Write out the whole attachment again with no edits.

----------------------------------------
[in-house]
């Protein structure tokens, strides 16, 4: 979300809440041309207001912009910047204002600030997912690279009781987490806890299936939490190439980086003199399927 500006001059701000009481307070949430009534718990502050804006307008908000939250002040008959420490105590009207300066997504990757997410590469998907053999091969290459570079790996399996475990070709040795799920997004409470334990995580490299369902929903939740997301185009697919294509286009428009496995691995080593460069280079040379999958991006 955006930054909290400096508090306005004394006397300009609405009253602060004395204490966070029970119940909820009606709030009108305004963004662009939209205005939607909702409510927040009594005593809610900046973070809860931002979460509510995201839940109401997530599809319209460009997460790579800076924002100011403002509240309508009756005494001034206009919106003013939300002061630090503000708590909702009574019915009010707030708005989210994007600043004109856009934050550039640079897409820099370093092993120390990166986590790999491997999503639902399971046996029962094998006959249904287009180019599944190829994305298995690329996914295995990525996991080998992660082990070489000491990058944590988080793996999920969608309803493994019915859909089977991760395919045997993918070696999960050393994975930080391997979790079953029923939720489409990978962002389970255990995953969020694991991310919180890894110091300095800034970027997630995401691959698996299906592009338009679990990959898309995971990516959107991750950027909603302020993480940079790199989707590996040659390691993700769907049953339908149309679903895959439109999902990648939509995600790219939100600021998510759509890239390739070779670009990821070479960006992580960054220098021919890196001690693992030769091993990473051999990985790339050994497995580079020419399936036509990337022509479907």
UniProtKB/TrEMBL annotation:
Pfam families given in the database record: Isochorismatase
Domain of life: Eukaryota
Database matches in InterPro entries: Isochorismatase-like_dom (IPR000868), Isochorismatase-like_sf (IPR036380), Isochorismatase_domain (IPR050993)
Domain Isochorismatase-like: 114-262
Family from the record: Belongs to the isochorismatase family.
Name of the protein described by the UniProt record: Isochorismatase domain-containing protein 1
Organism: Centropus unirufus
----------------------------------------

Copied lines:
[in-house]
């Protein structure tokens, strides 16, 4: 979300809440041309207001912009910047204002600030997912690279009781987490806890299936939490190439980086003199399927 500006001059701000009481307070949430009534718990502050804006307008908000939250002040008959420490105590009207300066997504990757997410590469998907053999091969290459570079790996399996475990070709040795799920997004409470334990995580490299369902929903939740997301185009697919294509286009428009496995691995080593460069280079040379999958991006 955006930054909290400096508090306005004394006397300009609405009253602060004395204490966070029970119940909820009606709030009108305004963004662009939209205005939607909702409510927040009594005593809610900046973070809860931002979460509510995201839940109401997530599809319209460009997460790579800076924002100011403002509240309508009756005494001034206009919106003013939300002061630090503000708590909702009574019915009010707030708005989210994007600043004109856009934050550039640079897409820099370093092993120390990166986590790999491997999503639902399971046996029962094998006959249904287009180019599944190829994305298995690329996914295995990525996991080998992660082990070489000491990058944590988080793996999920969608309803493994019915859909089977991760395919045997993918070696999960050393994975930080391997979790079953029923939720489409990978962002389970255990995953969020694991991310919180890894110091300095800034970027997630995401691959698996299906592009338009679990990959898309995971990516959107991750950027909603302020993480940079790199989707590996040659390691993700769907049953339908149309679903895959439109999902990648939509995600790219939100600021998510759509890239390739070779670009990821070479960006992580960054220098021919890196001690693992030769091993990473051999990985790339050994497995580079020419399936036509990337022509479907």
UniProtKB/TrEMBL annotation:
Pfam families given in the database record: Isochorismatase
Domain of life: Eukaryota
Database matches in InterPro entries: Isochorismatase-like_dom (IPR000868), Isochorismatase-like_sf (IPR036380), Isochorismatase_domain (IPR050993)
Domain Isochorismatase-like: 114-262
Family from the record: Belongs to the isochorismatase family.
Name of the protein described by the UniProt record: Isochorismatase domain-containing protein 1
Organism: Centropus unirufus